My friend suggested the IKEA VIDGA railing system, which would allow for either curtains or stylish blind panels to be installed based on our needs and required dimensions. A fantastic idea, I thought. But then I spent a bit more time on Pinterest and fell in love with the trend that consists of a thick exposed black curtain rod, with white curtains. So I did exactly that, in the whole of the downstairs area.
I’ve always preferred sheer/daylight curtains over solid blinds or black out curtains. I just love letting the sunshine into my home, so I always go for something that allows privacy whilst also letting in daylight. These curtains are IKEA HILJA curtains.
Coffee Table: Click here to buy.
Floor lamp is from Dunelm (old collection)
Table: Click here to buy
Chairs: Click here to buy
Place mats: Click here to buy.
4. Avoid painting furniture outside, and paint meticulously
When I decided I would paint these two bookshelves, I pretty much got on with it, dragged them out to the garden, bought the paint and didn’t waste any time. The move was scheduled for the next few days so I figured I’d take advantage of the mini heatwave to do this quick paint job. Well… I really should have planned this better! nobody told me that painting furniture in my garden would consist of 5% painting, 95% fighting off insects and leaves flying around before landing and getting stuck to the dripping paint… Speaking of which, make sure you use non-drip paint, and stick with it for all coatings. I started withe a non-primer-necessary, non-drip paint, and finished with a lower budget unbranded paint for the second coat. And that was a huge mistake. Stick with high-end quality paint throughout. It’s your furniture after all, you want it to have the perfect finish.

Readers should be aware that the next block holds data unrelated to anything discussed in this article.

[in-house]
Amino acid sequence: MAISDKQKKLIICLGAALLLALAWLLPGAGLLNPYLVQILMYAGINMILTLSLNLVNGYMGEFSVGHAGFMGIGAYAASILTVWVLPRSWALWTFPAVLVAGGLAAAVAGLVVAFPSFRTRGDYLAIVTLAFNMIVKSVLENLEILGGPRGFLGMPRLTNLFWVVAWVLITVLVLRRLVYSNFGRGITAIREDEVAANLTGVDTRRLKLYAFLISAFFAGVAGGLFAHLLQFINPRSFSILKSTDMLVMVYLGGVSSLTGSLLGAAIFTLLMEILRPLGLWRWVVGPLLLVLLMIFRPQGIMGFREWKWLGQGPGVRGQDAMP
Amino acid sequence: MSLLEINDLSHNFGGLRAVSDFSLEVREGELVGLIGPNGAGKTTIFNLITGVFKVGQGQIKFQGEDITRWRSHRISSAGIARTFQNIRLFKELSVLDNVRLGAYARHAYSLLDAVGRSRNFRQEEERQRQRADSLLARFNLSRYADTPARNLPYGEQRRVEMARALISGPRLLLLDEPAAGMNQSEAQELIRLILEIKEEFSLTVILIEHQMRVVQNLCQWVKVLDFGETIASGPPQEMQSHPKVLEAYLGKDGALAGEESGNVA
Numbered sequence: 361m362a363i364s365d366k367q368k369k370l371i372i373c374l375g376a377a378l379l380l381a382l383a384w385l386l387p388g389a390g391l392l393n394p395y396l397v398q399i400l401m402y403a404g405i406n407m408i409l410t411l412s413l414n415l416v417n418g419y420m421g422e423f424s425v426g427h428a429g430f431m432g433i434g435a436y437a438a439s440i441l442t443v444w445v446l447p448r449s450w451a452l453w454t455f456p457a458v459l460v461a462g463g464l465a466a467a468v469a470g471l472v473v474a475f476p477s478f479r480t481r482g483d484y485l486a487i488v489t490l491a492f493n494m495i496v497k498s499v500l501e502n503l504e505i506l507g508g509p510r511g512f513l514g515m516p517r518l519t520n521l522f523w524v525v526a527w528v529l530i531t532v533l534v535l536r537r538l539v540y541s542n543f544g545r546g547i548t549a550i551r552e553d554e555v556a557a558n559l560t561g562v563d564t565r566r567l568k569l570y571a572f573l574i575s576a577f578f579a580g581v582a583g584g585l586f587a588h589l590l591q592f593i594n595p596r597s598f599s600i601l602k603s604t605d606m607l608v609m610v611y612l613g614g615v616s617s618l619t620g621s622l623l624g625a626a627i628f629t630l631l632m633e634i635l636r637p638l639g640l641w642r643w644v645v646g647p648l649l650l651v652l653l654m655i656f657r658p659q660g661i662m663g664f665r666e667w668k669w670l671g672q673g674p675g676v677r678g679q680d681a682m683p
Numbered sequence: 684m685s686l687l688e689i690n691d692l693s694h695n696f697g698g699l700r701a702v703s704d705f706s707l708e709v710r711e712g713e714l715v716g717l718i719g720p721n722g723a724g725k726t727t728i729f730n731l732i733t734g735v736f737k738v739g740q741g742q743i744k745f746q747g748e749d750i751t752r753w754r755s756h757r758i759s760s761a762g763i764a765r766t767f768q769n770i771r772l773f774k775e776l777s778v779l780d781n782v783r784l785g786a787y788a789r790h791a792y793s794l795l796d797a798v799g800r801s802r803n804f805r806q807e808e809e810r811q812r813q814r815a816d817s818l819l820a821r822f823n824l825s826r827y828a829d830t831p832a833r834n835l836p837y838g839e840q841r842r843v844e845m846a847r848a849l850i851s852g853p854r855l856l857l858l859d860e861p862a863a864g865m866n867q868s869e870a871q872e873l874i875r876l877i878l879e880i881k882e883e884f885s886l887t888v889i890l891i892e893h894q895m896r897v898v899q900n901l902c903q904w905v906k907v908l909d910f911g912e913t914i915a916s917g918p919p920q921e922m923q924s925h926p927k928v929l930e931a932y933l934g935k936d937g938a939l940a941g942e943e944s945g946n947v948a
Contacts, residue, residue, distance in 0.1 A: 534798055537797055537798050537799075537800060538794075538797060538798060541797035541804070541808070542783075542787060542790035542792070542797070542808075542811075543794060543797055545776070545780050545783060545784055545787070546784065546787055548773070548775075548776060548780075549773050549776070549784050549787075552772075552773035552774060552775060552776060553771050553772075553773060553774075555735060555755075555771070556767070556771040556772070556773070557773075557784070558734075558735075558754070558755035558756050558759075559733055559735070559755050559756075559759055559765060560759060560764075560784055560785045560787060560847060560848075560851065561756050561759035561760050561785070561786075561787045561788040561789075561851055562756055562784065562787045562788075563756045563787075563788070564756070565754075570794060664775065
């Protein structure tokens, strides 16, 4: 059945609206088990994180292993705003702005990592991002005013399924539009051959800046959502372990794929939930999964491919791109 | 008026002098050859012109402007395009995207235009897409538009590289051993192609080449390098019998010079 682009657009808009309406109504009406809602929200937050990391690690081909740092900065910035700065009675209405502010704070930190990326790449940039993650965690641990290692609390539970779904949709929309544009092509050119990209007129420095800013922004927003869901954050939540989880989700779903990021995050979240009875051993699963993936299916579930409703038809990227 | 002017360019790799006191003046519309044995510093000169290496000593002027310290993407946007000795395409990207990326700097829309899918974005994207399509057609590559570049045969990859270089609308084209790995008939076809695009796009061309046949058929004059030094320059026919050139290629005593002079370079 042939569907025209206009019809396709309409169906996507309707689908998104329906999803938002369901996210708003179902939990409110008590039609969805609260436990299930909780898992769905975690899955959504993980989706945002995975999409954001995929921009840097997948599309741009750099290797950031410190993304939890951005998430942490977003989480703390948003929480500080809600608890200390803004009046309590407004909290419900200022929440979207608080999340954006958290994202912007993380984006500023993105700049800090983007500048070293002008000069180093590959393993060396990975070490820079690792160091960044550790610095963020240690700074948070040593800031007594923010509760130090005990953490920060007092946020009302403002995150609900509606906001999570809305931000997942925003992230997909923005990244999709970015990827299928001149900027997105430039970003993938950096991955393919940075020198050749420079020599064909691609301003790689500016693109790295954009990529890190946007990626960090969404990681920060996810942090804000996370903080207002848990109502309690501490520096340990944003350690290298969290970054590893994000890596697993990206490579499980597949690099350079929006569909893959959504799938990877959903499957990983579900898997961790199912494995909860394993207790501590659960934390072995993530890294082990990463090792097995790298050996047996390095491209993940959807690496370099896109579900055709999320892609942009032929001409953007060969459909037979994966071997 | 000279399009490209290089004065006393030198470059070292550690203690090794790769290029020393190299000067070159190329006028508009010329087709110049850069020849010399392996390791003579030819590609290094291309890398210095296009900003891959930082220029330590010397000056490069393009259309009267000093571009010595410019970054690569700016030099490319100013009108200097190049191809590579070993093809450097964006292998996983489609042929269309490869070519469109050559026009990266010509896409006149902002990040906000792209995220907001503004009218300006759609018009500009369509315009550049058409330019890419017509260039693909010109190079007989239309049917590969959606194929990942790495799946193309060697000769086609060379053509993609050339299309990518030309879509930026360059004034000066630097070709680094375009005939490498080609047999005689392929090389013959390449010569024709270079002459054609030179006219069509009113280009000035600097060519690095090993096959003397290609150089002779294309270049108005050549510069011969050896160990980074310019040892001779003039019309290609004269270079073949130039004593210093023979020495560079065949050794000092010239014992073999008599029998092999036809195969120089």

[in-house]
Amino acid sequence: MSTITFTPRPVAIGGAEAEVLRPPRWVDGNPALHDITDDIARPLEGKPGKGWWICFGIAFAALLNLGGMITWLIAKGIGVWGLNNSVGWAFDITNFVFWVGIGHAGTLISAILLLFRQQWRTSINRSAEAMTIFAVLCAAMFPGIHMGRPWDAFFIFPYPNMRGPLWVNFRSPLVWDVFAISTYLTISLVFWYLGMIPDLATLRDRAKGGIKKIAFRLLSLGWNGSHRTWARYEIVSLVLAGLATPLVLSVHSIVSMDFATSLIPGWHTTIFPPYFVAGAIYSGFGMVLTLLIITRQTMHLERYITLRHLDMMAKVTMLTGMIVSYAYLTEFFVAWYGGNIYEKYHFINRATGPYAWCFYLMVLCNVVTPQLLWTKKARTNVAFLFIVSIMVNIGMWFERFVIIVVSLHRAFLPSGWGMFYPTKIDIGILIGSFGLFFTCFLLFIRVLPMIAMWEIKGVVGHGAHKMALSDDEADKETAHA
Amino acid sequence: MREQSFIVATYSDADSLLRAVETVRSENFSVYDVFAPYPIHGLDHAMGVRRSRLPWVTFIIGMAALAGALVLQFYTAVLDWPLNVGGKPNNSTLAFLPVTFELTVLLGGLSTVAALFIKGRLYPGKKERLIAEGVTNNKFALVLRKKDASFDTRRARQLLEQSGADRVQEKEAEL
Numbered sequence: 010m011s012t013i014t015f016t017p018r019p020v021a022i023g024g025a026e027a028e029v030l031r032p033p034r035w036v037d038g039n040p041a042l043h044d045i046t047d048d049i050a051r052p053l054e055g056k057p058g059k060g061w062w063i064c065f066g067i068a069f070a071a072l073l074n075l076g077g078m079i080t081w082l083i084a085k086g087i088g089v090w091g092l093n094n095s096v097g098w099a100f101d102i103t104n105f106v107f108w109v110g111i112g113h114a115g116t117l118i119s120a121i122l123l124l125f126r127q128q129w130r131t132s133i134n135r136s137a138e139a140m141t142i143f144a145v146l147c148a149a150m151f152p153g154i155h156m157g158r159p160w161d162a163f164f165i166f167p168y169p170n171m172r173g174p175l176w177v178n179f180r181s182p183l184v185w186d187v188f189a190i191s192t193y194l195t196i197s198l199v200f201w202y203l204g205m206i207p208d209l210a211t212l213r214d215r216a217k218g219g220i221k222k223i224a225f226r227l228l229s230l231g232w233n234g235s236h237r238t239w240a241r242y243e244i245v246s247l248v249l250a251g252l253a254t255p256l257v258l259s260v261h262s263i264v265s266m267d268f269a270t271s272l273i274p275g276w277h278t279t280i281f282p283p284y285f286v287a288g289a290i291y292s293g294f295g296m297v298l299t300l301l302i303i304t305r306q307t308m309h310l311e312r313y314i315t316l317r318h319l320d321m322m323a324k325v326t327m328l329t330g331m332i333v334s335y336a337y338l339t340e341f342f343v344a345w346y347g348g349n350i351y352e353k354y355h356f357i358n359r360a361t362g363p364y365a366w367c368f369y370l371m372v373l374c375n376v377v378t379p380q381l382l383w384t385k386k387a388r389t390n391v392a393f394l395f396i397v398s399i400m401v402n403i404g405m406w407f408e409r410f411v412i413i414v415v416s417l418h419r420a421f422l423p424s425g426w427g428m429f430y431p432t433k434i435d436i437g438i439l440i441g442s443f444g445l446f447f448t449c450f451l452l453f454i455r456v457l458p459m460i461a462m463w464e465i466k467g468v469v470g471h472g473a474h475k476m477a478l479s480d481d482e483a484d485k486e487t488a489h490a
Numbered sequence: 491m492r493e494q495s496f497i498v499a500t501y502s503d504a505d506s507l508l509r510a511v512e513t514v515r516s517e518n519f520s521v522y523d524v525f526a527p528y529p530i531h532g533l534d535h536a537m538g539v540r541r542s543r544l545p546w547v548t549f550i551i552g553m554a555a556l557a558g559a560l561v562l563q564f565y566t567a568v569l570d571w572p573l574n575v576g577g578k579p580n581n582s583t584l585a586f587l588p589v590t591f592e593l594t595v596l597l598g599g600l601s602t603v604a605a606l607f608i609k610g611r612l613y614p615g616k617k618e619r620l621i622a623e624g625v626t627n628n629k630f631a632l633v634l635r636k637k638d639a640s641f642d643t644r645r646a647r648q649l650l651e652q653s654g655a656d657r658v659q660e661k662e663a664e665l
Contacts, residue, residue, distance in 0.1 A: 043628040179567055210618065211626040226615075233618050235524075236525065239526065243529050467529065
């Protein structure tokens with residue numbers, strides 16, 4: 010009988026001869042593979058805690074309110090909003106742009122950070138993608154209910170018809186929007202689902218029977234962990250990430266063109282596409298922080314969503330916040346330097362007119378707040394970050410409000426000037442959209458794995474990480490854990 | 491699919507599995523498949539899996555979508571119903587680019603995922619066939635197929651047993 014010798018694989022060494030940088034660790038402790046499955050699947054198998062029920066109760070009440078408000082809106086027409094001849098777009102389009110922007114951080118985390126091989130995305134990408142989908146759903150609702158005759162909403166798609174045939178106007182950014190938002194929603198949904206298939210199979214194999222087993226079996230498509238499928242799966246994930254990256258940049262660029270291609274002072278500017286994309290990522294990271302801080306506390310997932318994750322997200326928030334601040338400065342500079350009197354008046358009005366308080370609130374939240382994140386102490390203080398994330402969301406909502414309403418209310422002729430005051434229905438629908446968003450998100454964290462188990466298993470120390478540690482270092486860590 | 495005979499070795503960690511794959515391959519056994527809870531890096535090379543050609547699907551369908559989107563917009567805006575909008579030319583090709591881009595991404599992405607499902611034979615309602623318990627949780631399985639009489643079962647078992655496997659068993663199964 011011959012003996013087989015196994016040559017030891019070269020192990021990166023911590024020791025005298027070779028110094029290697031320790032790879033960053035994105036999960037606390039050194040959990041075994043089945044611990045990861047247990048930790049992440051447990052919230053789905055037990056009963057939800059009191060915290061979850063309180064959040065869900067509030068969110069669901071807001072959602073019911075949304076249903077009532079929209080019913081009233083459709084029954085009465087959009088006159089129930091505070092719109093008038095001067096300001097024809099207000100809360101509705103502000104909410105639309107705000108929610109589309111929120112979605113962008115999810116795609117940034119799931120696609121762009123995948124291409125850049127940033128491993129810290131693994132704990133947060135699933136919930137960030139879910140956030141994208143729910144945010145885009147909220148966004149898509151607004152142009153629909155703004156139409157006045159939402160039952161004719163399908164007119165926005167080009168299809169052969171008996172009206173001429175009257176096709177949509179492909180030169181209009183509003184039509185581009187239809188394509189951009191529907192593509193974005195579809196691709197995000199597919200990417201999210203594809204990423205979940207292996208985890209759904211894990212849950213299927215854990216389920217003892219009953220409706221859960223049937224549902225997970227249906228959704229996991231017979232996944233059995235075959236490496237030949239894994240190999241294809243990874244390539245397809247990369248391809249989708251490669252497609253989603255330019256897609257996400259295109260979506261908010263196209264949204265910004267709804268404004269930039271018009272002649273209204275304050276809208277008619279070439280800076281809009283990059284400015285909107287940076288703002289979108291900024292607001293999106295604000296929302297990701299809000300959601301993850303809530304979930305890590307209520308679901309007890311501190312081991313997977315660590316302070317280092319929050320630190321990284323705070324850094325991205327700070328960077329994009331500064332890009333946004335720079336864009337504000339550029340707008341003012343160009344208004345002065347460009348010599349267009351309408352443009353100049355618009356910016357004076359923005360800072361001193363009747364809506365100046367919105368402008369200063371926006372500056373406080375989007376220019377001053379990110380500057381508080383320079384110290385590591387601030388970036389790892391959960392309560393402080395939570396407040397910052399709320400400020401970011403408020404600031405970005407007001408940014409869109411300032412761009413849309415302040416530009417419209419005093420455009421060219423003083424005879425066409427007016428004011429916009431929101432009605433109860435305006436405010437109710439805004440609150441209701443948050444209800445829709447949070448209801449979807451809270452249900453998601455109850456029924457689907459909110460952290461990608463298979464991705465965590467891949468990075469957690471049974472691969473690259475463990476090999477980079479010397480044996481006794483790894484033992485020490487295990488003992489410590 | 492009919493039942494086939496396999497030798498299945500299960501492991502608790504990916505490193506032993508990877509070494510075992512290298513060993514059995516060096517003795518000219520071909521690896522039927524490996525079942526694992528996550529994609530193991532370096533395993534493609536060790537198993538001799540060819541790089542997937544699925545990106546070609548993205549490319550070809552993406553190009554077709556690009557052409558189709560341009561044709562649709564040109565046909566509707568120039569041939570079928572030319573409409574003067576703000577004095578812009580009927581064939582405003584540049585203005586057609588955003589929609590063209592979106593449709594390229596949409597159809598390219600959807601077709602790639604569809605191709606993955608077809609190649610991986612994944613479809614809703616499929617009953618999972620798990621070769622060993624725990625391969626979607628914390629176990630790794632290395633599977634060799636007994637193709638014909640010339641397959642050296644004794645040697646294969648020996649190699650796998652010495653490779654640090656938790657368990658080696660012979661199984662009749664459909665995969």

Overall, I’d say the paint job wasn’t up to standard. So these shelves definitely weren’t going to get centre stage in the living room. I hid them upstairs instead and created a little reading corner for the kids. Still works, but for a different purpose. Please don’t ask me where these shelves are from – I have no idea, they were a gift from an old neighbour many years ago and I didn’t think to ask him where he had gotten them from.
5. Dare to do your own flooring – it’s not that difficult!
There’s a reason why DIY stores like B&Q sell vinyl planks like these :
They’re the ones I bought for the flooring in all the bedrooms upstairs. They’re very easy to install, literally just peel ans stick. The hardest part is taking measurements in the more awkward corners/places. But you get used to it after doing it once or twice.